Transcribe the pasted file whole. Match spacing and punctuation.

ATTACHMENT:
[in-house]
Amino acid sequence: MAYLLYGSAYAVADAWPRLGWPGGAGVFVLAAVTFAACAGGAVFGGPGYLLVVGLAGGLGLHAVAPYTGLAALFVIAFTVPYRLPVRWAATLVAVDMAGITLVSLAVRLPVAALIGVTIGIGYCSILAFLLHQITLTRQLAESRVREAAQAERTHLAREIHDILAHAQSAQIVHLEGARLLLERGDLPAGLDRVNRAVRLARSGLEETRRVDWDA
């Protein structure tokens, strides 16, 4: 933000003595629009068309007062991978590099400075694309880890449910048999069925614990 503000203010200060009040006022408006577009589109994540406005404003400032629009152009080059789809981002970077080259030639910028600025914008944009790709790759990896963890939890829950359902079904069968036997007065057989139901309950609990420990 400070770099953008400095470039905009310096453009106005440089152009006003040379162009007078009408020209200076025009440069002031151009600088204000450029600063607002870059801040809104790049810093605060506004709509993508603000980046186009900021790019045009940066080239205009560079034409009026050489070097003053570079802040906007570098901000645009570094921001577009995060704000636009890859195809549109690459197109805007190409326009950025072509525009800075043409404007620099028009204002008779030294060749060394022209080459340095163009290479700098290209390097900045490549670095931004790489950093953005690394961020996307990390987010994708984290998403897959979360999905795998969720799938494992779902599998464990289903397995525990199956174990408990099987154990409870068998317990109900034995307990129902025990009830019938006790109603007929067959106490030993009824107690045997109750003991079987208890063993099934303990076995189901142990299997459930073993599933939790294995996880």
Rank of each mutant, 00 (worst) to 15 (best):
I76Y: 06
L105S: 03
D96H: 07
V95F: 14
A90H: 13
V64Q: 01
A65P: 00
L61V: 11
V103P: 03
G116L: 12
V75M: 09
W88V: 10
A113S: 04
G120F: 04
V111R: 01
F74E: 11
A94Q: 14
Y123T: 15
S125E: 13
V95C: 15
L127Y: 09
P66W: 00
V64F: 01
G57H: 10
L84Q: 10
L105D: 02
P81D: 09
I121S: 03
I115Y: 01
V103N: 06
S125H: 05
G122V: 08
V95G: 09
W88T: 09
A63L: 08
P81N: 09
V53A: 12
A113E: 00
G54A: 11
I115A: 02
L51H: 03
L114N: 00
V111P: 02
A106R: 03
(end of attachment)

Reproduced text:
[in-house]
Amino acid sequence: MAYLLYGSAYAVADAWPRLGWPGGAGVFVLAAVTFAACAGGAVFGGPGYLLVVGLAGGLGLHAVAPYTGLAALFVIAFTVPYRLPVRWAATLVAVDMAGITLVSLAVRLPVAALIGVTIGIGYCSILAFLLHQITLTRQLAESRVREAAQAERTHLAREIHDILAHAQSAQIVHLEGARLLLERGDLPAGLDRVNRAVRLARSGLEETRRVDWDA
């Protein structure tokens, strides 16, 4: 933000003595629009068309007062991978590099400075694309880890449910048999069925614990 503000203010200060009040006022408006577009589109994540406005404003400032629009152009080059789809981002970077080259030639910028600025914008944009790709790759990896963890939890829950359902079904069968036997007065057989139901309950609990420990 400070770099953008400095470039905009310096453009106005440089152009006003040379162009007078009408020209200076025009440069002031151009600088204000450029600063607002870059801040809104790049810093605060506004709509993508603000980046186009900021790019045009940066080239205009560079034409009026050489070097003053570079802040906007570098901000645009570094921001577009995060704000636009890859195809549109690459197109805007190409326009950025072509525009800075043409404007620099028009204002008779030294060749060394022209080459340095163009290479700098290209390097900045490549670095931004790489950093953005690394961020996307990390987010994708984290998403897959979360999905795998969720799938494992779902599998464990289903397995525990199956174990408990099987154990409870068998317990109900034995307990129902025990009830019938006790109603007929067959106490030993009824107690045997109750003991079987208890063993099934303990076995189901142990299997459930073993599933939790294995996880």
Rank of each mutant, 00 (worst) to 15 (best):
I76Y: 06
L105S: 03
D96H: 07
V95F: 14
A90H: 13
V64Q: 01
A65P: 00
L61V: 11
V103P: 03
G116L: 12
V75M: 09
W88V: 10
A113S: 04
G120F: 04
V111R: 01
F74E: 11
A94Q: 14
Y123T: 15
S125E: 13
V95C: 15
L127Y: 09
P66W: 00
V64F: 01
G57H: 10
L84Q: 10
L105D: 02
P81D: 09
I121S: 03
I115Y: 01
V103N: 06
S125H: 05
G122V: 08
V95G: 09
W88T: 09
A63L: 08
P81N: 09
V53A: 12
A113E: 00
G54A: 11
I115A: 02
L51H: 03
L114N: 00
V111P: 02
A106R: 03